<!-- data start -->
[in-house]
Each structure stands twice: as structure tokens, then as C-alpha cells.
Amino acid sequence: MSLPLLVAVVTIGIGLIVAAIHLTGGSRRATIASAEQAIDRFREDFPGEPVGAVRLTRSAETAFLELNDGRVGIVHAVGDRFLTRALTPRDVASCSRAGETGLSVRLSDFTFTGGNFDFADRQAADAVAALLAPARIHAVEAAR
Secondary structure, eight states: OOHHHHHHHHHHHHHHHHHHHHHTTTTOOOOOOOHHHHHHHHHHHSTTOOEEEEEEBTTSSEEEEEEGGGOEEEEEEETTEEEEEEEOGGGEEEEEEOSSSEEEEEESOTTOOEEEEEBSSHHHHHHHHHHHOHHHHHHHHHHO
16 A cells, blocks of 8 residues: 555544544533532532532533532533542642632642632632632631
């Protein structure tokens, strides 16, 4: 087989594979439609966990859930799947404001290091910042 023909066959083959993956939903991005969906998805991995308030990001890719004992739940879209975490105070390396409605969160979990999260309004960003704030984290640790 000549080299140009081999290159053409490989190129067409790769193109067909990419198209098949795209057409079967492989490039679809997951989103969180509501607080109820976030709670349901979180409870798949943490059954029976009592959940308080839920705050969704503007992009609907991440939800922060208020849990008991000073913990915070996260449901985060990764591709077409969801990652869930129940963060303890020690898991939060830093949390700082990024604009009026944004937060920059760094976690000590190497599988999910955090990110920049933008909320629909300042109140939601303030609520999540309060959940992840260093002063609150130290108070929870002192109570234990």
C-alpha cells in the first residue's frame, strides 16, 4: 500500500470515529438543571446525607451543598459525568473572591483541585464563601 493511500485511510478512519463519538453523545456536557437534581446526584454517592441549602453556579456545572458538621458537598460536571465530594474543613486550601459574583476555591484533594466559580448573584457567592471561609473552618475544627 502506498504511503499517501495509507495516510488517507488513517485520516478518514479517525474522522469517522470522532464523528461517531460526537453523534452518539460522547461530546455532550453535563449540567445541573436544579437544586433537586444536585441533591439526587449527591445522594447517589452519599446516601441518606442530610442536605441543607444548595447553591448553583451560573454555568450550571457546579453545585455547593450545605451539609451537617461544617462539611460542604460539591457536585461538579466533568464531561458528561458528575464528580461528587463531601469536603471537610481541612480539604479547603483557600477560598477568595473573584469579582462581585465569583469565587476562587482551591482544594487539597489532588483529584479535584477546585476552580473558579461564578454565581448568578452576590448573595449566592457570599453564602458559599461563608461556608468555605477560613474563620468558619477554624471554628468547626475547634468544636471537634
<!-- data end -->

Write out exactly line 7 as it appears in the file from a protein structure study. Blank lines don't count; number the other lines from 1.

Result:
C-alpha cells in the first residue's frame, strides 16, 4: 500500500470515529438543571446525607451543598459525568473572591483541585464563601 493511500485511510478512519463519538453523545456536557437534581446526584454517592441549602453556579456545572458538621458537598460536571465530594474543613486550601459574583476555591484533594466559580448573584457567592471561609473552618475544627 502506498504511503499517501495509507495516510488517507488513517485520516478518514479517525474522522469517522470522532464523528461517531460526537453523534452518539460522547461530546455532550453535563449540567445541573436544579437544586433537586444536585441533591439526587449527591445522594447517589452519599446516601441518606442530610442536605441543607444548595447553591448553583451560573454555568450550571457546579453545585455547593450545605451539609451537617461544617462539611460542604460539591457536585461538579466533568464531561458528561458528575464528580461528587463531601469536603471537610481541612480539604479547603483557600477560598477568595473573584469579582462581585465569583469565587476562587482551591482544594487539597489532588483529584479535584477546585476552580473558579461564578454565581448568578452576590448573595449566592457570599453564602458559599461563608461556608468555605477560613474563620468558619477554624471554628468547626475547634468544636471537634